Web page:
Carlos Monroy | Colombia
Artist and researcher. His performances question the boundaries between so-called highbrow, popular and mass culture repertoires, as well as the institutional boundaries this language started being assigned to between the late 20th and early 21st centuries. To do so, he coins the term “Re-formance,” with which he interprets procedures such as repetition and copy in a positive way, regarding them as tools for creation and critique. Monroy completed a degree in Arts from Universidad de los Andes, Colombia, in 2008, and a master’s in Visual Poetics from Universidade de São Paulo (USP), in 2014. He served a stint as a researcher at the International Center for Arts of the Americas, associated with the Museum of Fine Arts, in Houston (ICAA-MFAH), United States, 2009, writing critical reviews on the history of performance in Colombia from the 1960s on. In 2012, he participated in the emerging performers program of the New York University (NYU), in the same country. His solo exhibitions include Monroy’s Living Cliche Since 1984, Oficina Cultural Oswald de Andrade (São Paulo, 2014) and SCOTOMA, Ateliê 397 (São Paulo, 2014), among others. His group exhibitions include Mostra 3M Canções de Amor, Instituto Tomie Ohtake, (São Paulo, 2014); and Rencontre Internationale d’art performance de Quebec, (Canada, 2012). He lives between Bogotá and São Paulo.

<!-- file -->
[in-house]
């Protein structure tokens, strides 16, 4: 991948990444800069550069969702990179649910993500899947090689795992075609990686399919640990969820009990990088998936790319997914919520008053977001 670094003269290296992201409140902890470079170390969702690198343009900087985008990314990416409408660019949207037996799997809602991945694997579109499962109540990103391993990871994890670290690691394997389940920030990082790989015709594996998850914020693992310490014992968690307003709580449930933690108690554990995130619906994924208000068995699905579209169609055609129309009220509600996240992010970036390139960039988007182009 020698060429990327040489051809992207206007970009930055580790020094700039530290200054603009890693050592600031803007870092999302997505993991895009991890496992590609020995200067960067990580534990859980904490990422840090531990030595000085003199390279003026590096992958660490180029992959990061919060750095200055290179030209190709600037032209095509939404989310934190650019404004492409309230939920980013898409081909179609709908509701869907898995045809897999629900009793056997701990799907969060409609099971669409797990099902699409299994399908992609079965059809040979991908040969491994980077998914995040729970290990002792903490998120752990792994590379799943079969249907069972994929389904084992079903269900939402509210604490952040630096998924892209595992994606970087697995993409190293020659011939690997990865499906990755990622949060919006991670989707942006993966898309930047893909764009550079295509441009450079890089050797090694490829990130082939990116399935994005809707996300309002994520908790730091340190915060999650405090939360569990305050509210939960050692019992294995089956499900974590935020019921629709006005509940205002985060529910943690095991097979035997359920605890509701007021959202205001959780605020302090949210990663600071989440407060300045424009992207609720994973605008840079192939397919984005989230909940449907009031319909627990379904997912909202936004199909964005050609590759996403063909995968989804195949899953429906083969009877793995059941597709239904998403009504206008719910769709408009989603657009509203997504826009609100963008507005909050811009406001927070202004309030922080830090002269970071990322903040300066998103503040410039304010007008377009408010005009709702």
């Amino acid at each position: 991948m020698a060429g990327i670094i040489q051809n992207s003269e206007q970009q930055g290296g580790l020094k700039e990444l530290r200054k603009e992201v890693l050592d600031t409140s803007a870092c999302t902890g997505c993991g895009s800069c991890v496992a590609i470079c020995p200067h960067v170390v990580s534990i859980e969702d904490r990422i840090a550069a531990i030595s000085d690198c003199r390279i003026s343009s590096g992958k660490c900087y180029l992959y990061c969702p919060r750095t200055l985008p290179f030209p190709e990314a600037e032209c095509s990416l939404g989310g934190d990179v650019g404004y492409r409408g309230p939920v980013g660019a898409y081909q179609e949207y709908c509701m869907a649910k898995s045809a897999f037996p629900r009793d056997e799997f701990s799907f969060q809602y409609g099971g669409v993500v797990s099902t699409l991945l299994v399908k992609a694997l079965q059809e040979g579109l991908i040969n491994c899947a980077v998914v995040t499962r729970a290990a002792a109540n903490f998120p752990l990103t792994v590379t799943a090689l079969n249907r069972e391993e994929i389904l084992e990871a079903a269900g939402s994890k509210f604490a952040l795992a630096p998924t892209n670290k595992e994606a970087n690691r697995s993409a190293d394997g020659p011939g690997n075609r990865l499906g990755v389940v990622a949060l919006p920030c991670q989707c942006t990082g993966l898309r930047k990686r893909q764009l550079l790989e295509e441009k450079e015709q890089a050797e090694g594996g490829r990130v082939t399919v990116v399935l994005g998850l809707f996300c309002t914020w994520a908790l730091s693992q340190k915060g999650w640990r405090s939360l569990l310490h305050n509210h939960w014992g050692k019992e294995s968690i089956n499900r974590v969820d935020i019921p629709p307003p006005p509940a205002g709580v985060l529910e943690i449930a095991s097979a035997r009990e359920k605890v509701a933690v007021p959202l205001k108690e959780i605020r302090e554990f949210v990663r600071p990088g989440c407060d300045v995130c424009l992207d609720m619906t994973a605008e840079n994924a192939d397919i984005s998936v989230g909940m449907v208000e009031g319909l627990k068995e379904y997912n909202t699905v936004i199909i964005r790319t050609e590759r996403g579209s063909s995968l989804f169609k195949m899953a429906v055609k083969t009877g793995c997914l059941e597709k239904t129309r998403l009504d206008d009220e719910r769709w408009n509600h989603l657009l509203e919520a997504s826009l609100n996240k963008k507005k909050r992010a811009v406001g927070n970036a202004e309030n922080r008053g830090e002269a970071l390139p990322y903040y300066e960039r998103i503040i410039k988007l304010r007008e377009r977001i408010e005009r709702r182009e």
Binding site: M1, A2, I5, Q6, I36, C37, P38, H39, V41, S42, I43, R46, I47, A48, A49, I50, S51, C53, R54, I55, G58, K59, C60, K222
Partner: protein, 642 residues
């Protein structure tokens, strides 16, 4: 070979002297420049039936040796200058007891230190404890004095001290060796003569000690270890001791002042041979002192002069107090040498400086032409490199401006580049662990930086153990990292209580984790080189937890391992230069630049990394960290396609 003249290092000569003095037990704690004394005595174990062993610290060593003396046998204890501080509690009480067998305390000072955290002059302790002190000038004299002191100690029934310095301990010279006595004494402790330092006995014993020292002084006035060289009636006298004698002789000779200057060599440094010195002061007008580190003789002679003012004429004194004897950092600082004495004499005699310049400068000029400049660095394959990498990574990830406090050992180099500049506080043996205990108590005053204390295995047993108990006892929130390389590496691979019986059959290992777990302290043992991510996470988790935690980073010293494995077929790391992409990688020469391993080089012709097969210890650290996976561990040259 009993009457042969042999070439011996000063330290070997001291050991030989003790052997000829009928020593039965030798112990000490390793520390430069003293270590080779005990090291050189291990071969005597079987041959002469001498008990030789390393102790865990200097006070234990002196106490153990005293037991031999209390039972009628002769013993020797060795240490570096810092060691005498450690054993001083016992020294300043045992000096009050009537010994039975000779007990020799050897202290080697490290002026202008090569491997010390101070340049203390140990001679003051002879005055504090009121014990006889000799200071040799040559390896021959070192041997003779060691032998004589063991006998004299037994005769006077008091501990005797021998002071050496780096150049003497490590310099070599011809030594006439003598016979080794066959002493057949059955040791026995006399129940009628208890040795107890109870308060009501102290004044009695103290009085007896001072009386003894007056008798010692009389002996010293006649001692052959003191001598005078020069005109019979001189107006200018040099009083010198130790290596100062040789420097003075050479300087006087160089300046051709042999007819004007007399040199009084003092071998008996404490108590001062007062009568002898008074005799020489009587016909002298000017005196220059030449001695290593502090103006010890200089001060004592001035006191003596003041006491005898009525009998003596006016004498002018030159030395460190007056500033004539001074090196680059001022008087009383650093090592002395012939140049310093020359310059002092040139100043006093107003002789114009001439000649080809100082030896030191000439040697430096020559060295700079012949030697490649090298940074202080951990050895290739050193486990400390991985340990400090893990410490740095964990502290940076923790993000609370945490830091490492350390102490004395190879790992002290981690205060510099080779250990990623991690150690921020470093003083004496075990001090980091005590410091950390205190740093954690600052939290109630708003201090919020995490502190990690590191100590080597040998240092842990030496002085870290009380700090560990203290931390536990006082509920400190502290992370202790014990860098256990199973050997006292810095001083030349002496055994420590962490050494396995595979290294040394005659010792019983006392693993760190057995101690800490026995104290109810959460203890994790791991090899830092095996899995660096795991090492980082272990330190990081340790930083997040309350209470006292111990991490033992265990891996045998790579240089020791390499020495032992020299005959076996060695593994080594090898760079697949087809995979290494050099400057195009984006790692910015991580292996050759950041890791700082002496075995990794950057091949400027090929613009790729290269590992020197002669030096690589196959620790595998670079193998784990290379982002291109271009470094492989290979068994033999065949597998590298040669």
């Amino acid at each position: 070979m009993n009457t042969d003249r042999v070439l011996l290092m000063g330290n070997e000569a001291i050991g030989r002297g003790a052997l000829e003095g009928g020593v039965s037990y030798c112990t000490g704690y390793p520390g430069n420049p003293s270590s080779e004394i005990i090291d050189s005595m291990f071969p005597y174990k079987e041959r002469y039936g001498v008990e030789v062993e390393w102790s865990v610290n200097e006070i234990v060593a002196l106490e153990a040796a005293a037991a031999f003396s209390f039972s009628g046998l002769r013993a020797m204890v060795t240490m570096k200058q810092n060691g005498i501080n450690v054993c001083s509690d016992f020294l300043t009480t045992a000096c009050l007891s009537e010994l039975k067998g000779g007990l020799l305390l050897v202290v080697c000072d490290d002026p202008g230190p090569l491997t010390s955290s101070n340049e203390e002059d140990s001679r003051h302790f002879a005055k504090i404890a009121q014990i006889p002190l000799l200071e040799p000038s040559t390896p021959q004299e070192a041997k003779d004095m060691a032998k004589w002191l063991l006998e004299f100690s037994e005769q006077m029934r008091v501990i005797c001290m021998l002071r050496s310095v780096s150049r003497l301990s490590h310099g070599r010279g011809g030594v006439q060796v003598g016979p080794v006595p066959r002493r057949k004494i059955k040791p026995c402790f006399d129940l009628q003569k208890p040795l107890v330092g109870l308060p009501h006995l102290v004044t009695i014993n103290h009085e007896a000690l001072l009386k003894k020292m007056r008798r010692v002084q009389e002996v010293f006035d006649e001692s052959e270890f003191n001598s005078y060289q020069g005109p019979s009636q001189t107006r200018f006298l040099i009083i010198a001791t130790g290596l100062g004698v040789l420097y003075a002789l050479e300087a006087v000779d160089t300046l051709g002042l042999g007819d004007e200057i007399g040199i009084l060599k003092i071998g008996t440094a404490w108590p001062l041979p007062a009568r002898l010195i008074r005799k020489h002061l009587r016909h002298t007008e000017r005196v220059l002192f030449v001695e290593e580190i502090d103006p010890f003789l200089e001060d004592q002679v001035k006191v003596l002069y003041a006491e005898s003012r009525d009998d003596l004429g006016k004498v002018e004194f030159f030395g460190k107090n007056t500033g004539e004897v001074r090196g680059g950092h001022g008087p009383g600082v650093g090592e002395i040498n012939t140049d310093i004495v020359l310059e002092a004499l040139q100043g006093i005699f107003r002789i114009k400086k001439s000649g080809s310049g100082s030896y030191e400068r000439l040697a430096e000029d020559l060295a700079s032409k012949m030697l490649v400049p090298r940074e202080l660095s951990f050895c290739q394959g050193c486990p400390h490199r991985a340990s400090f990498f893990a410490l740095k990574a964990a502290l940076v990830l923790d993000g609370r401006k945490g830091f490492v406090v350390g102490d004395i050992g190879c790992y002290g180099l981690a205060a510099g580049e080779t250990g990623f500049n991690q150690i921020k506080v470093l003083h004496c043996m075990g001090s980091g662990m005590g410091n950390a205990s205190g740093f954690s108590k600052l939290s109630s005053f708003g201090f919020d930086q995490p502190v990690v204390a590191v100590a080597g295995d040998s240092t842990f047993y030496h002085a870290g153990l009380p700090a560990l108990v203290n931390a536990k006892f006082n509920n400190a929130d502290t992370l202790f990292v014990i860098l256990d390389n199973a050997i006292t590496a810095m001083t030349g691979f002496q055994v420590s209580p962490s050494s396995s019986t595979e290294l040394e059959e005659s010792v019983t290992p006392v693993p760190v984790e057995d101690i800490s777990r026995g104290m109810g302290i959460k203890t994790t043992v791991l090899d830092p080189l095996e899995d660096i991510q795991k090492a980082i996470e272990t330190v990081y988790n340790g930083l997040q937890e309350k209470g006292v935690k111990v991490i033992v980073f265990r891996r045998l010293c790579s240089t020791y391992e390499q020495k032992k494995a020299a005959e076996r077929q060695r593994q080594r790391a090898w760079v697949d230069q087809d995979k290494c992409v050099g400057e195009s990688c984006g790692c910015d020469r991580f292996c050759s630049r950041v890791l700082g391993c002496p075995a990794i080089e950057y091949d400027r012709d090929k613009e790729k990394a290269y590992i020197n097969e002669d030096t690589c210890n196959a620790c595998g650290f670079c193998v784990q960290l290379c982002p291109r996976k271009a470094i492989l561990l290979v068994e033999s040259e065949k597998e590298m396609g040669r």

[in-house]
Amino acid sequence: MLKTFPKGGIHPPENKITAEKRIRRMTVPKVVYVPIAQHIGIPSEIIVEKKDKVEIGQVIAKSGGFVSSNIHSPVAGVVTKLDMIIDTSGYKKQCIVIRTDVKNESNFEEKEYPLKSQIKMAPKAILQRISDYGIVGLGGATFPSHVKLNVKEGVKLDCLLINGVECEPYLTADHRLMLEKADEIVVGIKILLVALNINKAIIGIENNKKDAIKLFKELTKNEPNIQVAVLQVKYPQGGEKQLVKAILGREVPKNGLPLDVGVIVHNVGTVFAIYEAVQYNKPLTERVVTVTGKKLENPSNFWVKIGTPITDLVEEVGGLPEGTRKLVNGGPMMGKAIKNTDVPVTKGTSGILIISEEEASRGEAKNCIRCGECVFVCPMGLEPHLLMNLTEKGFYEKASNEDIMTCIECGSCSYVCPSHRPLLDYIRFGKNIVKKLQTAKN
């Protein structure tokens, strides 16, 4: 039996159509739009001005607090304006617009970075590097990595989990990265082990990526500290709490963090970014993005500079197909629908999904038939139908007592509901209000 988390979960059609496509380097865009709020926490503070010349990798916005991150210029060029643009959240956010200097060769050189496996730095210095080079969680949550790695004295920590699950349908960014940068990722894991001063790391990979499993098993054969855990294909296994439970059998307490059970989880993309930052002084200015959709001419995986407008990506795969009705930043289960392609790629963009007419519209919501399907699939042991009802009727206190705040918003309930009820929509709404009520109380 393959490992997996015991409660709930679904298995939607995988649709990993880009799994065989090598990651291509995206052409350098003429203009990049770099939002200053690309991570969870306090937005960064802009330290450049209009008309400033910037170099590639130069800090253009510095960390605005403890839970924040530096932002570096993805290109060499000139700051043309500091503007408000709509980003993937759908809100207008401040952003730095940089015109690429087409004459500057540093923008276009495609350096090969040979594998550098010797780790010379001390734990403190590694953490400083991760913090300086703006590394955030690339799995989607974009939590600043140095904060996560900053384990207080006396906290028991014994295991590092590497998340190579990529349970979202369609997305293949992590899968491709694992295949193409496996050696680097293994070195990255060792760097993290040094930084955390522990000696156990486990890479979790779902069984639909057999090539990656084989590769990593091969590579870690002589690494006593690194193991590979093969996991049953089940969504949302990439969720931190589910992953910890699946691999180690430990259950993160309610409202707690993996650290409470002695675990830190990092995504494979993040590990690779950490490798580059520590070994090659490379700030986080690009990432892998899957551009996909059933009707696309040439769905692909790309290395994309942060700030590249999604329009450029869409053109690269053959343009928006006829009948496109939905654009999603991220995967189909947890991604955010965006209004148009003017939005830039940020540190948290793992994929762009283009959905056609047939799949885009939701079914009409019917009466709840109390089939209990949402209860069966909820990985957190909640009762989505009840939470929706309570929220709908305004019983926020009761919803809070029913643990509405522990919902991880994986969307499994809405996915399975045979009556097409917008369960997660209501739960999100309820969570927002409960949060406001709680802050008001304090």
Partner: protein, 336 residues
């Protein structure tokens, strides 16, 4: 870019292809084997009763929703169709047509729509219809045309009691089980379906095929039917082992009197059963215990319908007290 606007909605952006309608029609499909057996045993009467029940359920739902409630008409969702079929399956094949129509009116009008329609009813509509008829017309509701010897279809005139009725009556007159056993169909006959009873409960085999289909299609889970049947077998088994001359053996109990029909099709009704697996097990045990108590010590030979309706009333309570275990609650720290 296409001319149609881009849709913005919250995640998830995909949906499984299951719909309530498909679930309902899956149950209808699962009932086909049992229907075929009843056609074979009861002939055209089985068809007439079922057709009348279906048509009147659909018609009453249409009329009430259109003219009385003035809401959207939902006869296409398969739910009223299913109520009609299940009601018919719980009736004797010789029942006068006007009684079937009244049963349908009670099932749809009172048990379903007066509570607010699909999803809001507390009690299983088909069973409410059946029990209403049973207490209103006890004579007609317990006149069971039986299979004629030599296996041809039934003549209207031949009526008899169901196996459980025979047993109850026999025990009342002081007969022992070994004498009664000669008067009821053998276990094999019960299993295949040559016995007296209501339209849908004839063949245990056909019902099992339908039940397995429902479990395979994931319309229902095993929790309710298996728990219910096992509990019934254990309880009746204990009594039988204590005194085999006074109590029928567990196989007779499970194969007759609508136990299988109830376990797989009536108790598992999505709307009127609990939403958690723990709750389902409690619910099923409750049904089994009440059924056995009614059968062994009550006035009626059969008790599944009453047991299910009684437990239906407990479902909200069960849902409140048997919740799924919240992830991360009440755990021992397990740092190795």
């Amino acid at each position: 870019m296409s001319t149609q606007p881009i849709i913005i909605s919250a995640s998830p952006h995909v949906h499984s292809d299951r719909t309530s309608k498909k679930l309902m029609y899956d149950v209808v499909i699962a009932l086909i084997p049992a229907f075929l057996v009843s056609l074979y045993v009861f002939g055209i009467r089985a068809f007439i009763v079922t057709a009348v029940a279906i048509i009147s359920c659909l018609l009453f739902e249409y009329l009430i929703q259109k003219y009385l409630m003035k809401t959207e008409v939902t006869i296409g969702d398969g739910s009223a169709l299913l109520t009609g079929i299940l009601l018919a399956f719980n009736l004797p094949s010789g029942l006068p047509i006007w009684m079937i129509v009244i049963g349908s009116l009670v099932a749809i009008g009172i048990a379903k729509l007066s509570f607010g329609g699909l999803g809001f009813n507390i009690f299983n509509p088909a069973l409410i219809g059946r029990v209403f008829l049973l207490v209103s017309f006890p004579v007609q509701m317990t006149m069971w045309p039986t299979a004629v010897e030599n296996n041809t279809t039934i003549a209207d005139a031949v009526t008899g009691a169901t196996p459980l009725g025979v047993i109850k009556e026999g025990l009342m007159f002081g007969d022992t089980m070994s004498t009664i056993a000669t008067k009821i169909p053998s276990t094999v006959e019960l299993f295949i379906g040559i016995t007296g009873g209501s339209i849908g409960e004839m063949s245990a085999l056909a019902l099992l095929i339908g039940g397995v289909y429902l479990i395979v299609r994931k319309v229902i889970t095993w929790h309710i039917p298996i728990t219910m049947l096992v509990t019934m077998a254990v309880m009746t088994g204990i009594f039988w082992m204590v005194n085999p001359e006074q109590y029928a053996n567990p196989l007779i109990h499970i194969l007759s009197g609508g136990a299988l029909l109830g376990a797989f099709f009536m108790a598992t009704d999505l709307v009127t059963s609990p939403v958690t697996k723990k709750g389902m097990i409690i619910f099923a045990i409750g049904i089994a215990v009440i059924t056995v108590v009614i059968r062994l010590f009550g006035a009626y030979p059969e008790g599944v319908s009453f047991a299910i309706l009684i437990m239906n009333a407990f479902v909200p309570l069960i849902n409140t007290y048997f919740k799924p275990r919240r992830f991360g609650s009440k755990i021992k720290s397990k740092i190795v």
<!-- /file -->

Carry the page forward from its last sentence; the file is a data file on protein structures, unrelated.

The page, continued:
The rise of lambada as a Brazilian cultural element and the exponential growth of labor immigration from Bolivia to São Paulo in the late 1980s provide the backdrop to this piece, which explores the plagiarizing of the song Llorando se fue [Chorando se foi], written by the Bolivian group Los Kjarkas, remixed in Europe by one Chico de Oliveira, and released in Brazil by the band Kaoma. Media registers, objects, and audiovisual productions revisit the international media craze surrounding lambada, which introduced the world to the country of the forbidden dance style; at the same time, the installation follows the enigmatic Francisco Orcossupa Olivares, a Bolivian immigrant, musician, seamster, and local disseminator of the lambada culture.